Government sues Deutsche Bank for mortgage deception

"While Deutsche Bank and MortgageIT profited from the resale of these government-insured mortgages, thousands of American homeowners have faced default and eviction, and the government has paid hundreds of millions of dollars in insurance claims, with hundreds of millions of dollars more expected to be paid in the future," the complaint stated.

It goes on to say that the Department of Housing and Urban Development has paid out more than $386 million in insurance claims and other costs tied to the shoddy loans.

The lawsuit paints the bank as rushing to get as many mortgages created and qualified for FHA insurance as quickly as possible, with insufficient attention paid to quality control of those mortgages. While MortgageIT hired a quality control manager in 2004, it kept the department "chronically understaffed," opening the door to "patterns of underwriting violations and mortgage fraud," the government said.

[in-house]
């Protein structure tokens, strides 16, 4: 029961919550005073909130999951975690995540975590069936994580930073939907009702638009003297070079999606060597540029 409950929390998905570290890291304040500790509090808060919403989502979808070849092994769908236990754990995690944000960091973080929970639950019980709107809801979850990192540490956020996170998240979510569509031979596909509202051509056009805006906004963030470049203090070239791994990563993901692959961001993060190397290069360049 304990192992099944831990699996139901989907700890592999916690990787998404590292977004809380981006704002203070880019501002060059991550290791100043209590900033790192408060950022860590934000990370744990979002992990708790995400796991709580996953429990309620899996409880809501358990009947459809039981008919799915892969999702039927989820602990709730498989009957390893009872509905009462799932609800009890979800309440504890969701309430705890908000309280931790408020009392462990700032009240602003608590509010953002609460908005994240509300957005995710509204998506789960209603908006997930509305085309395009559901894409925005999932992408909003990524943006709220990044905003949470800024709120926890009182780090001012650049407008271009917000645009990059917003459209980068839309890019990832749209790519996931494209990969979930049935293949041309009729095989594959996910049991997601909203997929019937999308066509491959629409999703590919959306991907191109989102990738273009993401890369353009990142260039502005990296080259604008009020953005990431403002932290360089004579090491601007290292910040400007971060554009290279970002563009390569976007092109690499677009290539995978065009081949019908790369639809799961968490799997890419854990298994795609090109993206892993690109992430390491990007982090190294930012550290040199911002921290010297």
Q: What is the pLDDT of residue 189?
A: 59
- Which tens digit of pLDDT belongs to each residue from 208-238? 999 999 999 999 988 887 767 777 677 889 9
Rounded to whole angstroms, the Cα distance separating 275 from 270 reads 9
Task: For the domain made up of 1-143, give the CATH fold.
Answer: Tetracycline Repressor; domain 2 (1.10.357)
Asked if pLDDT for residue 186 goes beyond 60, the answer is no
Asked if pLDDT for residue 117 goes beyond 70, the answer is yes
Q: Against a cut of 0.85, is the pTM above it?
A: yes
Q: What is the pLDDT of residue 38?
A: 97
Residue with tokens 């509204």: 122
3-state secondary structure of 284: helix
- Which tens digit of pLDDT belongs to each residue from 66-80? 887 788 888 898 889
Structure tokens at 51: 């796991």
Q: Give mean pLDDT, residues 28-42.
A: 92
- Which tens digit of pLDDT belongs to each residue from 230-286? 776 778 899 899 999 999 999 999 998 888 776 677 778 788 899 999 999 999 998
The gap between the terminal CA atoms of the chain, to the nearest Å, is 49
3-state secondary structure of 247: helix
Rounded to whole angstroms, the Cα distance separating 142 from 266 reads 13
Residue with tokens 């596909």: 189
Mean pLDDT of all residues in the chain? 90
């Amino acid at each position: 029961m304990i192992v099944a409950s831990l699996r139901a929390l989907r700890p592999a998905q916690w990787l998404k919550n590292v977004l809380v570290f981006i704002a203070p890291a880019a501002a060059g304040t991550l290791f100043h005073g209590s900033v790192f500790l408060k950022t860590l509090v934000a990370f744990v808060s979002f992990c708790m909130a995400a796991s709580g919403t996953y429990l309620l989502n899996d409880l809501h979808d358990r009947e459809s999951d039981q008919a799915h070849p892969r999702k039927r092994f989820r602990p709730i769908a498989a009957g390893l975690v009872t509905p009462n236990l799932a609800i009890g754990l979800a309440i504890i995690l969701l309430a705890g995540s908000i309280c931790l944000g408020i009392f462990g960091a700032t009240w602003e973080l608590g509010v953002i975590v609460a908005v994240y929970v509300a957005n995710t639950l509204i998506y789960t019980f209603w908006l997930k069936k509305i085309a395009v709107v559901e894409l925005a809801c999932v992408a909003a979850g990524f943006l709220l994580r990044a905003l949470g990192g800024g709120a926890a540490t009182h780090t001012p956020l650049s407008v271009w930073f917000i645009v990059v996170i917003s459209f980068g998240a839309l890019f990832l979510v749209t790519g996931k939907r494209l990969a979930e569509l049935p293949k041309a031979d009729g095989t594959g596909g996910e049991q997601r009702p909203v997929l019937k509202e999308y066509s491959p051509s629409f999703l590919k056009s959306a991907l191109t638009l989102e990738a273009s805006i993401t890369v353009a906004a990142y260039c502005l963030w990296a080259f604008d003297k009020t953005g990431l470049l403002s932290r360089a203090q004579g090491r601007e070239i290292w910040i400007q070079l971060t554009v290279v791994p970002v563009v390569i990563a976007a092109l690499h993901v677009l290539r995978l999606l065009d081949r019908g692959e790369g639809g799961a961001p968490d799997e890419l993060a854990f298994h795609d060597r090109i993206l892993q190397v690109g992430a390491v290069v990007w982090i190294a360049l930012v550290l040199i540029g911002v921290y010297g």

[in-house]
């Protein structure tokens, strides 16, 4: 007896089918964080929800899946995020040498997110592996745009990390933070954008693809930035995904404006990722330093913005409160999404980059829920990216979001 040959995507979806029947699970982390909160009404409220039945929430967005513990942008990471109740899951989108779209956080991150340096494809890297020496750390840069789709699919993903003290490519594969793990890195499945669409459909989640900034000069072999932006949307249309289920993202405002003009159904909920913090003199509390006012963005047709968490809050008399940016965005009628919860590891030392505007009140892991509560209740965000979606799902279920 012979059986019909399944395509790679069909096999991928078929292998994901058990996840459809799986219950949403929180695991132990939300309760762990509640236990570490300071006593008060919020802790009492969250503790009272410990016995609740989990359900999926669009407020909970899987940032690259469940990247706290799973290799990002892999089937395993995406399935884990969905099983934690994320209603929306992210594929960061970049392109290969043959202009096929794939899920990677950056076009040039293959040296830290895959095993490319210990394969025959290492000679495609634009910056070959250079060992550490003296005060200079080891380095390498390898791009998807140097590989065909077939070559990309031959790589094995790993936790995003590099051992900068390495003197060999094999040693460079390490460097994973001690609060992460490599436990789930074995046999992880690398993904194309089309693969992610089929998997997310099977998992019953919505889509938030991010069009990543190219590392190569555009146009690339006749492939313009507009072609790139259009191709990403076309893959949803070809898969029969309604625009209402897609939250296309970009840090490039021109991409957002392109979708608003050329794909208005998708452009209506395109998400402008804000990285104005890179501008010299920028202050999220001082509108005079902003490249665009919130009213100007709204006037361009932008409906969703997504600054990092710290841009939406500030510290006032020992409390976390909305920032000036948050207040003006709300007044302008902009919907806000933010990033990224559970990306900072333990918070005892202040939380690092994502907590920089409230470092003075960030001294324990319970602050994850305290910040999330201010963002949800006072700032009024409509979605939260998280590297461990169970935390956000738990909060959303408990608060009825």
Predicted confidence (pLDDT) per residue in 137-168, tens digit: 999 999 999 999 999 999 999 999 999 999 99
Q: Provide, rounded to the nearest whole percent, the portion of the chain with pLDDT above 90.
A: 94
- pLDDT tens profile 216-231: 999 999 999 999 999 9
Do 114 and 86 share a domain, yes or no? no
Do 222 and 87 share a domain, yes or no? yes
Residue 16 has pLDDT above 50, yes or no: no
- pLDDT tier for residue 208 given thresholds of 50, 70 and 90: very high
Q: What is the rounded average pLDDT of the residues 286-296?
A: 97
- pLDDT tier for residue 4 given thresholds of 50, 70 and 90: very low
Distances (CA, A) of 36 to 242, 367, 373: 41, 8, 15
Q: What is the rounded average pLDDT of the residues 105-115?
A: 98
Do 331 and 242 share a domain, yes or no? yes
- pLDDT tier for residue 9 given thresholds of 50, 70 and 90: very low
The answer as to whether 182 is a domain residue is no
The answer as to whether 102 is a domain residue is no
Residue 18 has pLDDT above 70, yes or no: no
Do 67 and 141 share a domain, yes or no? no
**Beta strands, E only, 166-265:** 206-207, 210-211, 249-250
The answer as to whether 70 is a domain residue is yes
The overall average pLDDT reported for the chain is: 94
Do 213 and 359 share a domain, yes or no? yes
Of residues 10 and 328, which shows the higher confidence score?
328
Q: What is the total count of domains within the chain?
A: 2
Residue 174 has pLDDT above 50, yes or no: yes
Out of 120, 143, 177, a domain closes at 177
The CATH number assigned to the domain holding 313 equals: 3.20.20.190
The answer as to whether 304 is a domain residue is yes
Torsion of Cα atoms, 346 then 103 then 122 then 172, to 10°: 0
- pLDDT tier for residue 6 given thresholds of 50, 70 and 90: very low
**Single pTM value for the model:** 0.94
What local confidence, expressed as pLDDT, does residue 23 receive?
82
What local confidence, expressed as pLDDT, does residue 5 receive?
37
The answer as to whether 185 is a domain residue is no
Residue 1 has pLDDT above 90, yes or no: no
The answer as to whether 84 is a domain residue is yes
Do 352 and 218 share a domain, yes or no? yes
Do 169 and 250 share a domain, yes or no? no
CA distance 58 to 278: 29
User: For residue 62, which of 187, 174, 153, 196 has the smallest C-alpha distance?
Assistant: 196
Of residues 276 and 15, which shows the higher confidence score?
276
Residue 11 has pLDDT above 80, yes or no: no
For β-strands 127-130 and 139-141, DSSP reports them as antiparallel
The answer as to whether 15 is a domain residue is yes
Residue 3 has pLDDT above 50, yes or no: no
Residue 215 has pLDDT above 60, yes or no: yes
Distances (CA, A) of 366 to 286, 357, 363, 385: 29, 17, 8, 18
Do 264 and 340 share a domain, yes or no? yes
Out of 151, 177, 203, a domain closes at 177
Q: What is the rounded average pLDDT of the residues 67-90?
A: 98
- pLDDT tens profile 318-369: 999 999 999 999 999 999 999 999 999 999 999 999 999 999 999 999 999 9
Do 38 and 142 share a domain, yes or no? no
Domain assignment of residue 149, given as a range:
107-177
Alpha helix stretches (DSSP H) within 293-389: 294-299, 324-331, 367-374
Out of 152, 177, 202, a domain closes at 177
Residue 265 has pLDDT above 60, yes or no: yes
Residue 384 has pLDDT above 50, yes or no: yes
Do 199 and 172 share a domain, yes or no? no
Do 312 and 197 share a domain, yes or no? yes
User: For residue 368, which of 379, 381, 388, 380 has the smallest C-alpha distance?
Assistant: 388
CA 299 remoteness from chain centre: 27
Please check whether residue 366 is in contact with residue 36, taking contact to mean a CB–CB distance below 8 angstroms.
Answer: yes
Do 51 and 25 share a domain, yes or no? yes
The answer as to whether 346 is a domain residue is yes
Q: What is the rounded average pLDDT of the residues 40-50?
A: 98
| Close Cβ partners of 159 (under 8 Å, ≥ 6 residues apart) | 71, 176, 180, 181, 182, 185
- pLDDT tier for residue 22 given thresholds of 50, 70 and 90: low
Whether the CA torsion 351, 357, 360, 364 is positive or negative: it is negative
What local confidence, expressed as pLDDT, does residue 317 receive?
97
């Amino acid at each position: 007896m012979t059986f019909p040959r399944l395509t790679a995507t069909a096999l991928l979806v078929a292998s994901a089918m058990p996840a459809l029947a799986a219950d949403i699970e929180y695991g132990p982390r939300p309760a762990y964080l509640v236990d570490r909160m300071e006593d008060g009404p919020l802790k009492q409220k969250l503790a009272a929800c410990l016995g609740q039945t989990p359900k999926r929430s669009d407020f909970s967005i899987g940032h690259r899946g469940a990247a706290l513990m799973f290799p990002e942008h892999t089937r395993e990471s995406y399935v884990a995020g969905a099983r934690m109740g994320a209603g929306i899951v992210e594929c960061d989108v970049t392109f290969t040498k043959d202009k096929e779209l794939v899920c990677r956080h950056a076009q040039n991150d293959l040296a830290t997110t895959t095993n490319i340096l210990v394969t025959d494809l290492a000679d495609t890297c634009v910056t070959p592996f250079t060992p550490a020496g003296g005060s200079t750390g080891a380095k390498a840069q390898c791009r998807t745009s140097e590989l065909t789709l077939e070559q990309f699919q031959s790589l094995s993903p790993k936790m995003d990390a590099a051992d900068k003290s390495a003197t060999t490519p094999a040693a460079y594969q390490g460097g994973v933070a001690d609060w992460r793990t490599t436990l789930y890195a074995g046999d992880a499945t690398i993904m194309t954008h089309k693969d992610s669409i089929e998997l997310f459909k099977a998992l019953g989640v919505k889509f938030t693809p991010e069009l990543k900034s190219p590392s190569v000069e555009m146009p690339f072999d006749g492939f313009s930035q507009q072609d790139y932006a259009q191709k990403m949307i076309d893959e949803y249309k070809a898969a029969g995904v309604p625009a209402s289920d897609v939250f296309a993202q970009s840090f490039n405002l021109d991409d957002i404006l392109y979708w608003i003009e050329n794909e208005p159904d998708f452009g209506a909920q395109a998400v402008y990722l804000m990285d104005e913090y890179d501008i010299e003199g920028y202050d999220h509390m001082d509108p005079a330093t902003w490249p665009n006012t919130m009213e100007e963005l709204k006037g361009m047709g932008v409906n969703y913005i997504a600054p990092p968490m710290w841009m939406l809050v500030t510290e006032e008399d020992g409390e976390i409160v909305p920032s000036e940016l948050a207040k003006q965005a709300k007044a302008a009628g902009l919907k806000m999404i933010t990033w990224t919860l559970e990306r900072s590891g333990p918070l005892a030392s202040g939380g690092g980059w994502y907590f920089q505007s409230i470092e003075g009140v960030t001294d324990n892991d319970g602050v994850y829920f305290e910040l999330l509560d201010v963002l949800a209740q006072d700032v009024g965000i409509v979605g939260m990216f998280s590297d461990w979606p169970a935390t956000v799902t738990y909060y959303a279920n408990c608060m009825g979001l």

In fact, the suit claims that MortgageIT hired an outside auditor to review FHA-insured loans in 2004, which subsequently identified several violations. Employees "stuffed the letters, unopened and unread, in a closet" after receiving them, the suit claims.

Deutsche Bank purchased MortgageIT in 2007, which was ultimately shut down the following year.

A bank spokesperson told Bloomberg that the government's claims were "unreasonable and unfair" and that it intends to defend itself "vigorously."